Gold: Well, it's all really about China. When we don't have a deal with China it makes it very tough. The Chinese bought a lot of Danish pork, that really kind of put a kibosh on the hog market. I'm still convinced, maybe I'm way off base on this, but I think one of the things the Chinese will buy is the hog market. They have depleted their supplies 50%, they need the protein, they want the protein and I think they're itching to get something done to get more pork. And I think it will be American pork they come for.

Howell: So it's really just the deferred is built in, there's some premium built into the deferred because we're still banking on being able to export U.S. pork?

Gold: And I think that is going to happen one way or the other. The world needs it and in particular China and if there is a trade deal to be made I think the hogs will be a big beneficiary of that.

Howell: Mark, how much upside potential will get added into those deferred contracts if and when we see that agreement?

Gold: I would think $20 fairly quickly. If you've sold hogs out here, would I be buying some call options back to keep the upside open through April and maybe early June, something in that nature? I would because again after the 1st of the year I think this thing can turn higher. We've done a lot of damage in that hog market and people say well the Chinese are going to be ramping up their hog production as well. I agree with that. They want to ramp it up. But what is that going to take? It's going to take a lot of meal and a lot of corn to do it.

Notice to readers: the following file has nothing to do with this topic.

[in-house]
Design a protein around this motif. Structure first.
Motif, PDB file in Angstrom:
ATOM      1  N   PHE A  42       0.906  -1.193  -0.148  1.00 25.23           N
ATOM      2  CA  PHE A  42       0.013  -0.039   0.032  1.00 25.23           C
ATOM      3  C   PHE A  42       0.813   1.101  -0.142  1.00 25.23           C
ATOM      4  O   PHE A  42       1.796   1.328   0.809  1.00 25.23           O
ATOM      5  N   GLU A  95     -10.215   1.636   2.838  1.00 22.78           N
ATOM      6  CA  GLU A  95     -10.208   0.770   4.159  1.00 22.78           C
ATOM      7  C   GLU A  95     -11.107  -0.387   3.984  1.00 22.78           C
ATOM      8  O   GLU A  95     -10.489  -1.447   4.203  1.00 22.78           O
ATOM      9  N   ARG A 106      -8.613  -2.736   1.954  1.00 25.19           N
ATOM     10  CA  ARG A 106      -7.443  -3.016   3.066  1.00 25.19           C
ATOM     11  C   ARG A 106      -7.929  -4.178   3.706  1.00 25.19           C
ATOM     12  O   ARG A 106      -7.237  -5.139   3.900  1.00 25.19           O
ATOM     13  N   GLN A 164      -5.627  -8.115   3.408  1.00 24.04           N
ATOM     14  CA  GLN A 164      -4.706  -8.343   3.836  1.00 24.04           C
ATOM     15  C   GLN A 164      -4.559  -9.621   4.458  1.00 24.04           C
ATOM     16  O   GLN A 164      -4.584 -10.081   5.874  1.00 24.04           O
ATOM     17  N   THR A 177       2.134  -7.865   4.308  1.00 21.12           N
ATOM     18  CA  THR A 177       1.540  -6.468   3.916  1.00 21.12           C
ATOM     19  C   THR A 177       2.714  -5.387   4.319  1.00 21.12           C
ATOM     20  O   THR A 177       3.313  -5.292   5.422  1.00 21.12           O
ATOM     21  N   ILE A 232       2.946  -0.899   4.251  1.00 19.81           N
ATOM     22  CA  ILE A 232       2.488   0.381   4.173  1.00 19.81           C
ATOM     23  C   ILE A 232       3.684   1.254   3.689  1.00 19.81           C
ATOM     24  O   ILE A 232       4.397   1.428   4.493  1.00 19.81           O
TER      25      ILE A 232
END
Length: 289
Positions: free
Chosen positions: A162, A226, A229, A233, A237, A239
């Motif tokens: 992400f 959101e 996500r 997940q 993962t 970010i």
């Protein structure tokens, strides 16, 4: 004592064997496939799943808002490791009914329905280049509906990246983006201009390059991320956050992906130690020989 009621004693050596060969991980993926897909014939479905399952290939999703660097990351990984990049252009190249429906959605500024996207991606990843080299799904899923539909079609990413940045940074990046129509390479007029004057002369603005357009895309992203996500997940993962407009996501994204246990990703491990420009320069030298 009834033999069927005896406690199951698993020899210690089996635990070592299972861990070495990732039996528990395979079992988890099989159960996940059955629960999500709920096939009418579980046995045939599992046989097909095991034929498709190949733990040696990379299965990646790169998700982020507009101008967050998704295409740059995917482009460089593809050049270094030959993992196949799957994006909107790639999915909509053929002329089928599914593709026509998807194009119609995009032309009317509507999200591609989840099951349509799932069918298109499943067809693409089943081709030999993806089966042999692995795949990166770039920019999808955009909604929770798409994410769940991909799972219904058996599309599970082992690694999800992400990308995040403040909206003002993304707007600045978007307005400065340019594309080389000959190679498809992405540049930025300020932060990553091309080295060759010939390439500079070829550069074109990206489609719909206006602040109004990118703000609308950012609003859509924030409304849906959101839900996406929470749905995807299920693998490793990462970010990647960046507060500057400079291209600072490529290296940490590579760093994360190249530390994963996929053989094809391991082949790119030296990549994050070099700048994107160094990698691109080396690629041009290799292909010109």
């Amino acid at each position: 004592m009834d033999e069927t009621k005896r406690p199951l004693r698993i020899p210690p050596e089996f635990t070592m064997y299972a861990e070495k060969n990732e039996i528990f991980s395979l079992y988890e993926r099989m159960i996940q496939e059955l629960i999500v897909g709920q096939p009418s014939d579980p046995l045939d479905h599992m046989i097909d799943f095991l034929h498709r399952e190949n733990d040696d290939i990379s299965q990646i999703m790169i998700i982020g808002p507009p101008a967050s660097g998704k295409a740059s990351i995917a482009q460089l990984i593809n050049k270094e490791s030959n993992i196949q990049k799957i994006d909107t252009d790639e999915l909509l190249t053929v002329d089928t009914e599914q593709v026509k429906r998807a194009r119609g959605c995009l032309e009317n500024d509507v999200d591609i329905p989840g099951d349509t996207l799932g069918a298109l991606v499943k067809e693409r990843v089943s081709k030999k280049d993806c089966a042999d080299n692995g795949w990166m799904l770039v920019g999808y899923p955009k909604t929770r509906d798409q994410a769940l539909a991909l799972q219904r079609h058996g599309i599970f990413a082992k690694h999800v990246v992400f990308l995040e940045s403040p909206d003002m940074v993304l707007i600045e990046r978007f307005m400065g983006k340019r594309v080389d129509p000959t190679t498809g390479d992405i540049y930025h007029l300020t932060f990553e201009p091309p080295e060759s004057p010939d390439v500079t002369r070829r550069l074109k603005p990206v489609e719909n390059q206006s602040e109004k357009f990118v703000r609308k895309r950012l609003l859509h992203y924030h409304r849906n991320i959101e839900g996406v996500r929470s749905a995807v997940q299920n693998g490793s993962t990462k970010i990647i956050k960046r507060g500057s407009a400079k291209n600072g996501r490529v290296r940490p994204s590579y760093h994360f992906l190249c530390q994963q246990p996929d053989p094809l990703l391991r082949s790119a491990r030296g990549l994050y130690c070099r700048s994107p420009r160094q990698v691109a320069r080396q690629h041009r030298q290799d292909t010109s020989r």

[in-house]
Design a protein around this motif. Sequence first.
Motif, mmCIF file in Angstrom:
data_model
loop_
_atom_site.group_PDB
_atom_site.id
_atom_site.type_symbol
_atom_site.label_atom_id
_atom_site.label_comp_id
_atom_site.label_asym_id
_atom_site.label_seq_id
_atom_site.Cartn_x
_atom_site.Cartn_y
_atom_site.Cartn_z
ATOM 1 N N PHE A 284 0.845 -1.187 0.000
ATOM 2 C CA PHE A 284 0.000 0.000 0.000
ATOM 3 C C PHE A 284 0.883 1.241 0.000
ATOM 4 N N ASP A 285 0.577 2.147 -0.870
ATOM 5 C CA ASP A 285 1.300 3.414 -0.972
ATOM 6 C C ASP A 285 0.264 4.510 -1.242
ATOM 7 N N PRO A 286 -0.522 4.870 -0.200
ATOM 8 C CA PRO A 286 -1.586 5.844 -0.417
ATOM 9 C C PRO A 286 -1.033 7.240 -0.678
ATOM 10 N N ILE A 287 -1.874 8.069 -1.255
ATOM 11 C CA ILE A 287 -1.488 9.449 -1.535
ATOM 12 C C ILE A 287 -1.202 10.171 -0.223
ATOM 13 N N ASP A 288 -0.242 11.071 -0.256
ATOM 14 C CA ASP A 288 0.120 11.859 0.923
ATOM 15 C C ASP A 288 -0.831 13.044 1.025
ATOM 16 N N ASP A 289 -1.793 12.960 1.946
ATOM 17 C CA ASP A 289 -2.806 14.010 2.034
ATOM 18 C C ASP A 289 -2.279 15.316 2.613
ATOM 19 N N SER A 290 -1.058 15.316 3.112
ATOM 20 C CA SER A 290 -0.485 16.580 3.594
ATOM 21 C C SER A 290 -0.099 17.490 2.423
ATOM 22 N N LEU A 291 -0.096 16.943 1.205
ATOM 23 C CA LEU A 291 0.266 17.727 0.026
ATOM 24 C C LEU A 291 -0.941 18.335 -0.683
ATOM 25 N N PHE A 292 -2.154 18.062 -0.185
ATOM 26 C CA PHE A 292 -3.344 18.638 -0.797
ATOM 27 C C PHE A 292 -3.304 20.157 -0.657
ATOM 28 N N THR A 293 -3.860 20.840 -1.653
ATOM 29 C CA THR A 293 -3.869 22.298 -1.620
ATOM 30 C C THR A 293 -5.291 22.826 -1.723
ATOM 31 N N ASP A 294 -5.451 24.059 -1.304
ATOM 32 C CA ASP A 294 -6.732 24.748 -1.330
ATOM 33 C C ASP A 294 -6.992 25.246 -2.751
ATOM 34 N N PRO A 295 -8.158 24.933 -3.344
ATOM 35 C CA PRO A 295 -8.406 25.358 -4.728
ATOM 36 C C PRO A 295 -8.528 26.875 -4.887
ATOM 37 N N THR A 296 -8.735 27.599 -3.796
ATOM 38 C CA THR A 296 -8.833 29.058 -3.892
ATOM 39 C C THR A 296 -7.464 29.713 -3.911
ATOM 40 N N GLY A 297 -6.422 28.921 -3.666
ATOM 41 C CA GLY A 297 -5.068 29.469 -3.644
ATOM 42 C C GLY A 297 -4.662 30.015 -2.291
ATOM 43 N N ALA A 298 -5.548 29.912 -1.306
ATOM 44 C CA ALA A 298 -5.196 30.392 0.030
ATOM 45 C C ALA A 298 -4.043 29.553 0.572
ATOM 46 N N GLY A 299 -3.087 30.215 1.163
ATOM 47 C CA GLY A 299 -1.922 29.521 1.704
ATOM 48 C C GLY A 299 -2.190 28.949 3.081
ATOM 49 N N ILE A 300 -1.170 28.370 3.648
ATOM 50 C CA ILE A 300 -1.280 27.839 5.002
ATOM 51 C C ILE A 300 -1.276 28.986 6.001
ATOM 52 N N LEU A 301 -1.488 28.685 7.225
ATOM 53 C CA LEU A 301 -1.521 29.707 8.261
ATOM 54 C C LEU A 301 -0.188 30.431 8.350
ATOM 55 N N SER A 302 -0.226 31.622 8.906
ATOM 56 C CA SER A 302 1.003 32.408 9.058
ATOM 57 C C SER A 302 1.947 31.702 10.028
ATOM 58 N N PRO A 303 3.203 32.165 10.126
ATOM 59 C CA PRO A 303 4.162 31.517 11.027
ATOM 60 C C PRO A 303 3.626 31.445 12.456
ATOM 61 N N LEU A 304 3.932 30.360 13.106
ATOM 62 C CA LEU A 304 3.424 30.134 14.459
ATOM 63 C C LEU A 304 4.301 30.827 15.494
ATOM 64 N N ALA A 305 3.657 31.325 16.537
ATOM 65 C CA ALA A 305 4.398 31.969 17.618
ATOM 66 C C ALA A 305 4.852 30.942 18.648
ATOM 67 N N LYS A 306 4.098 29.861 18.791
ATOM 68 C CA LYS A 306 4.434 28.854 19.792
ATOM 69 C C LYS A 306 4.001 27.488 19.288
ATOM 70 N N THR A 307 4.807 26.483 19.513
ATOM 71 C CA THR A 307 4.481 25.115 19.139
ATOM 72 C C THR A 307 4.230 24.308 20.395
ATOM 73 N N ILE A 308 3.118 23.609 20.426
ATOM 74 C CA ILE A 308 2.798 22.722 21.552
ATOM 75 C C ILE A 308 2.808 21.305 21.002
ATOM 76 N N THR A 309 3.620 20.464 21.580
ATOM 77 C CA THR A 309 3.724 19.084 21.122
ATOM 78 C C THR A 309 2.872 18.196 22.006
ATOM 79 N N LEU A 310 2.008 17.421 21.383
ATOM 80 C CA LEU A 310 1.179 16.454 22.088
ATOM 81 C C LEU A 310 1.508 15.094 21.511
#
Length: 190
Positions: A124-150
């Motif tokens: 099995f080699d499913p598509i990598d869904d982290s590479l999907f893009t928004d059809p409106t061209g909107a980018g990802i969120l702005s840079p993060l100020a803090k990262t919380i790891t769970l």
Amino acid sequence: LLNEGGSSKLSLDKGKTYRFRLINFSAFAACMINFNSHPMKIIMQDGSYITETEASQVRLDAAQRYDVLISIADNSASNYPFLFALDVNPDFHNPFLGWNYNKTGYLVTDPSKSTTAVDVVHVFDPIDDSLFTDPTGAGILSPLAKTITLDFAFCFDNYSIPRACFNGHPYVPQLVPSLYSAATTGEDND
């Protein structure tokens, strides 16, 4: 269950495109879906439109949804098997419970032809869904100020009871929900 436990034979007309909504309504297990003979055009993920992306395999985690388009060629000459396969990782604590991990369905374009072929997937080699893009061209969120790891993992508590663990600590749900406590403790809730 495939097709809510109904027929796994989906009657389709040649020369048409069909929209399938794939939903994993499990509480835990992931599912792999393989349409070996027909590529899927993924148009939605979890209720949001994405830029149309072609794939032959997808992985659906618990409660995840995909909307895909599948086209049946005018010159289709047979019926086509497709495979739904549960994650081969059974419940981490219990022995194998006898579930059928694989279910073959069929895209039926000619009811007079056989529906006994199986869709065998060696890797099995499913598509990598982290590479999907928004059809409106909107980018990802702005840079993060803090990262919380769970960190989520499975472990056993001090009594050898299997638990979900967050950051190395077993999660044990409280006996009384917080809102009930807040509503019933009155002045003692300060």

Howell: Mark, we'll continue this discussion in Market Plus. Thanks so much.

Gold: Thank you.

Howell: That wraps up the broadcast portion of Market to Market. But we will keep this conversation going on Market Plus where we’ll answer more of your questions. You can find it on our website at We have some exclusive content with our Justice in Agriculture series. Search to see more. Join us again next week when we’ll crack open a wild North American crop. So until then, thanks for watching. I’m Delaney Howell. Have a great week!